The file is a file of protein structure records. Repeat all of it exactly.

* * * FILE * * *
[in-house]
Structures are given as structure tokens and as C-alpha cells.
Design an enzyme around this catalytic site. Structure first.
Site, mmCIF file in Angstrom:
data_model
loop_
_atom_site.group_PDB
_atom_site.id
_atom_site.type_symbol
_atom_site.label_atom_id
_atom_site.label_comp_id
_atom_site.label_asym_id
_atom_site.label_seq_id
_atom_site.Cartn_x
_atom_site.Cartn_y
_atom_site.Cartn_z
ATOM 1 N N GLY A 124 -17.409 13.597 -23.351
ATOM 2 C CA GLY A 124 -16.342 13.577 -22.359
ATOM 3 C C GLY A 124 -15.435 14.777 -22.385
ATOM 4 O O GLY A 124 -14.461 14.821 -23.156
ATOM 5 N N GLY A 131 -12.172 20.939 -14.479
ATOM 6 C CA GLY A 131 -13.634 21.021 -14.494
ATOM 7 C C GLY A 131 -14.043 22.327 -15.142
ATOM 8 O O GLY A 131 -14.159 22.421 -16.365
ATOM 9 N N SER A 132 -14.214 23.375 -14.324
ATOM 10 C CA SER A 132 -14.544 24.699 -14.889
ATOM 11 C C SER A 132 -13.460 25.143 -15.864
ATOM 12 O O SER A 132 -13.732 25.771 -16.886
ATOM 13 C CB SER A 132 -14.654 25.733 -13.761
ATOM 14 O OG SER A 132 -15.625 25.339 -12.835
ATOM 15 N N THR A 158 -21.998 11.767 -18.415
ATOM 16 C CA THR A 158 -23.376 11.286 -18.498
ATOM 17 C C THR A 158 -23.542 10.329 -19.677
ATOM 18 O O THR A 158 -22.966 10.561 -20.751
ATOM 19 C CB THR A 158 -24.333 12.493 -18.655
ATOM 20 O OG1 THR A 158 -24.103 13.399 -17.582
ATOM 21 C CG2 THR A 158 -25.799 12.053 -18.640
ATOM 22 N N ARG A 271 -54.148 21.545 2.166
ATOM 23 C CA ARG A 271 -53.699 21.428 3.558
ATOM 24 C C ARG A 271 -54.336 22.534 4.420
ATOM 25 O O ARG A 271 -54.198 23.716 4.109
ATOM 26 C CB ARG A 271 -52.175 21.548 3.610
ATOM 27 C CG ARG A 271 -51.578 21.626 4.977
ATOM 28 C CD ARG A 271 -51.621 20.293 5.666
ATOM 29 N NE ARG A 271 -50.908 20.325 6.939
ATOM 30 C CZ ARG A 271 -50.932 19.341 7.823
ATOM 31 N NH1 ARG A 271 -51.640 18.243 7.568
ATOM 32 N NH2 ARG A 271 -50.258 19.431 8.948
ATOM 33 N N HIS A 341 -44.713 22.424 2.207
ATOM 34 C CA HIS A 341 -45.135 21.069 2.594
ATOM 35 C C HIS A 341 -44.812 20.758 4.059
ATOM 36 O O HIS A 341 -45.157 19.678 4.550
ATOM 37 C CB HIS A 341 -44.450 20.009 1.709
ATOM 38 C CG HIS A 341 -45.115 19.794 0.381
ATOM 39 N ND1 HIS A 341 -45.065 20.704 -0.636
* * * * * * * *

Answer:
[in-house]
Structures are given as structure tokens and as C-alpha cells.
Design an enzyme around this catalytic site. Structure first.
Site, mmCIF file in Angstrom:
data_model
loop_
_atom_site.group_PDB
_atom_site.id
_atom_site.type_symbol
_atom_site.label_atom_id
_atom_site.label_comp_id
_atom_site.label_asym_id
_atom_site.label_seq_id
_atom_site.Cartn_x
_atom_site.Cartn_y
_atom_site.Cartn_z
ATOM 1 N N GLY A 124 -17.409 13.597 -23.351
ATOM 2 C CA GLY A 124 -16.342 13.577 -22.359
ATOM 3 C C GLY A 124 -15.435 14.777 -22.385
ATOM 4 O O GLY A 124 -14.461 14.821 -23.156
ATOM 5 N N GLY A 131 -12.172 20.939 -14.479
ATOM 6 C CA GLY A 131 -13.634 21.021 -14.494
ATOM 7 C C GLY A 131 -14.043 22.327 -15.142
ATOM 8 O O GLY A 131 -14.159 22.421 -16.365
ATOM 9 N N SER A 132 -14.214 23.375 -14.324
ATOM 10 C CA SER A 132 -14.544 24.699 -14.889
ATOM 11 C C SER A 132 -13.460 25.143 -15.864
ATOM 12 O O SER A 132 -13.732 25.771 -16.886
ATOM 13 C CB SER A 132 -14.654 25.733 -13.761
ATOM 14 O OG SER A 132 -15.625 25.339 -12.835
ATOM 15 N N THR A 158 -21.998 11.767 -18.415
ATOM 16 C CA THR A 158 -23.376 11.286 -18.498
ATOM 17 C C THR A 158 -23.542 10.329 -19.677
ATOM 18 O O THR A 158 -22.966 10.561 -20.751
ATOM 19 C CB THR A 158 -24.333 12.493 -18.655
ATOM 20 O OG1 THR A 158 -24.103 13.399 -17.582
ATOM 21 C CG2 THR A 158 -25.799 12.053 -18.640
ATOM 22 N N ARG A 271 -54.148 21.545 2.166
ATOM 23 C CA ARG A 271 -53.699 21.428 3.558
ATOM 24 C C ARG A 271 -54.336 22.534 4.420
ATOM 25 O O ARG A 271 -54.198 23.716 4.109
ATOM 26 C CB ARG A 271 -52.175 21.548 3.610
ATOM 27 C CG ARG A 271 -51.578 21.626 4.977
ATOM 28 C CD ARG A 271 -51.621 20.293 5.666
ATOM 29 N NE ARG A 271 -50.908 20.325 6.939
ATOM 30 C CZ ARG A 271 -50.932 19.341 7.823
ATOM 31 N NH1 ARG A 271 -51.640 18.243 7.568
ATOM 32 N NH2 ARG A 271 -50.258 19.431 8.948
ATOM 33 N N HIS A 341 -44.713 22.424 2.207
ATOM 34 C CA HIS A 341 -45.135 21.069 2.594
ATOM 35 C C HIS A 341 -44.812 20.758 4.059
ATOM 36 O O HIS A 341 -45.157 19.678 4.550
ATOM 37 C CB HIS A 341 -44.450 20.009 1.709
ATOM 38 C CG HIS A 341 -45.115 19.794 0.381
ATOM 39 N ND1 HIS A 341 -45.065 20.704 -0.636